Haffner has delivered a masterful and intriguing analysis of the actions and motivations of Adoph Hitler, the primary architect of the last sixty years of the 20th Century, who failed nonetheless to build the edifice he had in mind. Better, perhaps, to have entitled (or translated?) this essay "understanding" Hitler rather than the more ambitious concept of the "meaning" of the phenomenon, but I'm splitting hairs. The translation is never obtrusive.
My own previous study of the man is confined to Alan Bullock's early and brilliant biography ("Hitler - A Study In Tyranny"), and general knowledge of the history of the Third Reich and the Second World War. But I found this was more than sufficient to cope with the author's assumptions of knowledge on the reader's behalf, and thoroughly appreciated following his cool-headed lines of argument and analysis.
Haffner breaks his study very effectively under seven headings: Life, Achievements, Successes, Misconceptions, Mistakes, Crimes, and Betrayal. In doing so I believe he turns over several stones hitherto left largely undisturbed.
The most significant example may be the final murderous acts Hitler attempted (with partial success) to inflict upon the German people. Along with his relatively in-depth consideration of the most "conspicous" of Hitler's errors - declaring war on America - , one is left staring at the implication that Hitler's attachment to the German people may have been only a matter of necessity if he was to achieve his blood-thirsty and inexplicable revenge on the Jews. Haffner himself states that Hitler's ambition to rule Europe and his wish to exterminate the Jews "had nothing to do with each other", in fact they "obstructed each other" (p.102). Yet he provides ample evidence throughout his anaylsis that the second objective took first priority. (Perhaps even to the extent that his dictatorship and war-mongering were always consciously the precursor to genocide - a means to achieving a singular end). Haffner also makes us hesitate now to think of Hitler as a 'fascist' and dispels any lingering image of him as a 'statesman', but he does so without sliding into a laborious academic debate on those actual concepts.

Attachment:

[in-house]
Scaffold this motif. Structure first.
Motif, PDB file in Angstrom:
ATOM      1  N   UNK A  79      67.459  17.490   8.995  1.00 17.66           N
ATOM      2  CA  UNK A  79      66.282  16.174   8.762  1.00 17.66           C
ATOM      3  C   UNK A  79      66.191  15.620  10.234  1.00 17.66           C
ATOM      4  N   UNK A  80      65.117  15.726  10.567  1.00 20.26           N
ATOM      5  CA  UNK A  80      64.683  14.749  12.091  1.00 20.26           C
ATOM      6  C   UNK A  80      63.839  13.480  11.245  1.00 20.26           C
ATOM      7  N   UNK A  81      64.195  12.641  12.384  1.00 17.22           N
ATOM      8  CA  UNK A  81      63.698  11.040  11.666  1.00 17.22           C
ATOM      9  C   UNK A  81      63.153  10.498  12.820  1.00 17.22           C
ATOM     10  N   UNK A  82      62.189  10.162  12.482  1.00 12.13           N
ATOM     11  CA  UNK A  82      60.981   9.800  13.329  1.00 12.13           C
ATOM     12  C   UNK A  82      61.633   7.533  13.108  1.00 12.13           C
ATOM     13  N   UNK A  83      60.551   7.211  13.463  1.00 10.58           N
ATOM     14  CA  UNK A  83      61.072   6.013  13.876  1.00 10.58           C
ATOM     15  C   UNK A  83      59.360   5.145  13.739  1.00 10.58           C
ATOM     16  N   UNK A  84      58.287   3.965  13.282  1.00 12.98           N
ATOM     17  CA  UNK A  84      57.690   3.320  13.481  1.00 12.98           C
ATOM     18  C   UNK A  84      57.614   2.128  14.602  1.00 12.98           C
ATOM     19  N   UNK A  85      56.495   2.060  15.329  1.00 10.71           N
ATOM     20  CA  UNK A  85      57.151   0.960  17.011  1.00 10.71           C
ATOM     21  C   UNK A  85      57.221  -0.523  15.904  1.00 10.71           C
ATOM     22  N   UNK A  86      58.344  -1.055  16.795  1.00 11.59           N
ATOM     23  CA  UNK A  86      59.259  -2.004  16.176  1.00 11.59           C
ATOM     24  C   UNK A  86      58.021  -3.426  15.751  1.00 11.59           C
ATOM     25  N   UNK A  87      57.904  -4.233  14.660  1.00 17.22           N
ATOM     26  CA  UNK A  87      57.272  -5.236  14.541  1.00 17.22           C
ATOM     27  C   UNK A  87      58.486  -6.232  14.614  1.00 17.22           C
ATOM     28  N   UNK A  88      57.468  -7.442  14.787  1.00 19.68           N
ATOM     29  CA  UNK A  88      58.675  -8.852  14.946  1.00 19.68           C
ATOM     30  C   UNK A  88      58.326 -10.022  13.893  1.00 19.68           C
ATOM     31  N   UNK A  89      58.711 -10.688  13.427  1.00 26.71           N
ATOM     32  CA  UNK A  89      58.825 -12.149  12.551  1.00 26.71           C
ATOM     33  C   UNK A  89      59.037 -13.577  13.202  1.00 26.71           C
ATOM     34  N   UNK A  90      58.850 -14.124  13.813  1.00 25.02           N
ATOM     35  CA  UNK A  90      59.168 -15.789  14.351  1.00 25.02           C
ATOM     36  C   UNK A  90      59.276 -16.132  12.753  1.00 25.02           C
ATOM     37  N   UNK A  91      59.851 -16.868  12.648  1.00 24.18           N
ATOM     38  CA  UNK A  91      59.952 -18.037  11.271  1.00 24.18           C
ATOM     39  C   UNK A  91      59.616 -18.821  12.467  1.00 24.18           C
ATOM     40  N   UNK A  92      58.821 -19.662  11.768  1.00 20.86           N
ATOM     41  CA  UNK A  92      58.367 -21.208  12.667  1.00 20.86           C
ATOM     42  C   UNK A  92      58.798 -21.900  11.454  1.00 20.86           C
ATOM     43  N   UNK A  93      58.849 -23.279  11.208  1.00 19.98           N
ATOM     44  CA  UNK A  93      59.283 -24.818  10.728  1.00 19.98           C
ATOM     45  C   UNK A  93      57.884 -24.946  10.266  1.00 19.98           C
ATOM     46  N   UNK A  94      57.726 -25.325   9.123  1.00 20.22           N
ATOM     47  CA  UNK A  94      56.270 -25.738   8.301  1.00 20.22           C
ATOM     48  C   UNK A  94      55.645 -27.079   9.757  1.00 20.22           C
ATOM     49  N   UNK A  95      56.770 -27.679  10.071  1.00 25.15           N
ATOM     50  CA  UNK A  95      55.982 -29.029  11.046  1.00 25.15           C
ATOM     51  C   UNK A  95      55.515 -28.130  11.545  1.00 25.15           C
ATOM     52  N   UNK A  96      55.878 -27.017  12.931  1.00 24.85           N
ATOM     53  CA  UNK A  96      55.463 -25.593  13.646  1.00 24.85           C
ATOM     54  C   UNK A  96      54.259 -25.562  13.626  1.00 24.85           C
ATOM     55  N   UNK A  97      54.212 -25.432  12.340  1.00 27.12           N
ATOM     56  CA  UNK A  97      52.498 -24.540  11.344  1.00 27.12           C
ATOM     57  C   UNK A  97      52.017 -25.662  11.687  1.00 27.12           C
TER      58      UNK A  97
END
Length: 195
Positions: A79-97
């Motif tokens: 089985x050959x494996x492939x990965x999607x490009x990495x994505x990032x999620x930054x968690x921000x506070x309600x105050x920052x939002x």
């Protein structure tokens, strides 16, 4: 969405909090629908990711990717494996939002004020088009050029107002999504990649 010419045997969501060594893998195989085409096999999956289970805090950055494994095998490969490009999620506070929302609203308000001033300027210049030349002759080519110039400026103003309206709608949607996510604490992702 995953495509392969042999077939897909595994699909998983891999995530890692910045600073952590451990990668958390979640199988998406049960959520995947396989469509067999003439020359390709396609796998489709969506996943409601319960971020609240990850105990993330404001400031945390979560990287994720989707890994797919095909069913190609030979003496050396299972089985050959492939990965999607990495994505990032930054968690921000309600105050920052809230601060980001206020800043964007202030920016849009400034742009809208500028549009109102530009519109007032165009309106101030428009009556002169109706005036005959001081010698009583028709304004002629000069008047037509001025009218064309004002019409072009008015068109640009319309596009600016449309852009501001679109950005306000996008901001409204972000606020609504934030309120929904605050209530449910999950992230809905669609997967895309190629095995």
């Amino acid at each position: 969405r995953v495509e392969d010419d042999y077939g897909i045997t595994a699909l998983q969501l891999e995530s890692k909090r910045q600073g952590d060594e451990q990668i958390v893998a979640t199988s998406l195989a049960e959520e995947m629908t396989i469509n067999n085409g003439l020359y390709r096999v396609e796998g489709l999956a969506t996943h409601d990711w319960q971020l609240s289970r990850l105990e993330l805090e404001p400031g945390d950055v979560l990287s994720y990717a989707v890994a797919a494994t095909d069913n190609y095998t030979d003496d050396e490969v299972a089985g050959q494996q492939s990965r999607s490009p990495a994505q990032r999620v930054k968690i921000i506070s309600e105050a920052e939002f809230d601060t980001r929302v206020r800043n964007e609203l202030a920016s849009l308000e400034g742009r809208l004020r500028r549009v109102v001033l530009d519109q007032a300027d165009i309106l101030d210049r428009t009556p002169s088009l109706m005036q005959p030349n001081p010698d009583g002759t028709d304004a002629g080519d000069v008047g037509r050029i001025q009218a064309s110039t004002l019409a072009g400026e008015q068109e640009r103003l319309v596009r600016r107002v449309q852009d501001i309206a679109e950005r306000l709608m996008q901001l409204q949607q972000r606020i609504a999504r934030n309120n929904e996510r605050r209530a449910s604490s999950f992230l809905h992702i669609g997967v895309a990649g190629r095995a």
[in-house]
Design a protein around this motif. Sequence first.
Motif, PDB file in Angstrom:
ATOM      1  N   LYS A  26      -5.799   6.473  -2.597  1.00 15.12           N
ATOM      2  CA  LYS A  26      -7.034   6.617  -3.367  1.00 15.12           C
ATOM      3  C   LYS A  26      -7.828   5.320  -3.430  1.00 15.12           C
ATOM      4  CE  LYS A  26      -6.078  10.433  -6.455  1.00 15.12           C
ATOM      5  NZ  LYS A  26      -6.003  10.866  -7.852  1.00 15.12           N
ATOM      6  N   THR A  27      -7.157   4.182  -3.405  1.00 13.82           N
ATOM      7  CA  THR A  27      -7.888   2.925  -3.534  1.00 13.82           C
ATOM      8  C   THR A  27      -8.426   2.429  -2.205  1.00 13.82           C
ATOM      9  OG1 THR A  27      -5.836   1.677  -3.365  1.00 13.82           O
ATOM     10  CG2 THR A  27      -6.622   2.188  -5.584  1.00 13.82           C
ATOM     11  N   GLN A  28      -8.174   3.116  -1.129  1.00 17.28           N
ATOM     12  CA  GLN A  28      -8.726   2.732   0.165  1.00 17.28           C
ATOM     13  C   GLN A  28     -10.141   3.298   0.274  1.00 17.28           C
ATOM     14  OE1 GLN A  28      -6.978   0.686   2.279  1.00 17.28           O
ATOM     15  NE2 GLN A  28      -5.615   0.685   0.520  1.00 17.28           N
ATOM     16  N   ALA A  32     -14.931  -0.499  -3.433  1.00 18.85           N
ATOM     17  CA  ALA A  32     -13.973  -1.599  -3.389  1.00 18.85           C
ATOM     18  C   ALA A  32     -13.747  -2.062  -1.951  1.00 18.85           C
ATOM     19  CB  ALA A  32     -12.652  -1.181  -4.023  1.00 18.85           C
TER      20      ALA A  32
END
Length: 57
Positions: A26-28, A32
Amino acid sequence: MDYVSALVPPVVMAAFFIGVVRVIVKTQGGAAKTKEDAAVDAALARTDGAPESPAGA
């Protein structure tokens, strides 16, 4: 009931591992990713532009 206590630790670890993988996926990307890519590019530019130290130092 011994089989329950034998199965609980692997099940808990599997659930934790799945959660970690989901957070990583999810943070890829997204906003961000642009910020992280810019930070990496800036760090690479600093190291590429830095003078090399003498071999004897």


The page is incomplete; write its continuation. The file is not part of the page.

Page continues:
Fresh, concise, thought-provoking, and certainly far from the final word on the most influential person of the last century, Haffner has done us all a great service by deepening and widening the historical debate.
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on 20 October 2009
The most astounding elucidation of historical events that I have ever read. Sebastian Haffner is a gifted communicator, and presents, with striking clarity, the facts about Hitler's life, his career, and particularly his ideas, whilst at the same time demonstrating the often confused realities beneath the surface. The very stimulating chapters on "Hitler's Successes" and "Hitler's Mistakes" are frequently original in point of view, and memorable. Haffner has an extraordinary economy of style: there is no padding here, he goes for the bullseye, and every time, hits the mark! This remarkable book is in a class of its own, and is essential reading for everyone interested in recent history. Almost impossible to put down.
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1 of 2 people found the following review helpful
on 10 August 2012
I was very pleased with the all round service provided by this Amazon authorised book reseller appropriately awarding five stars. The book itself was an excellent and amazingly insightful interpretation and analysis of Hitler and his rise to power and ensuing successes, errors, crimes and ultimate downfall.
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0 of 2 people found the following review helpful
on 30 September 2014
A must read.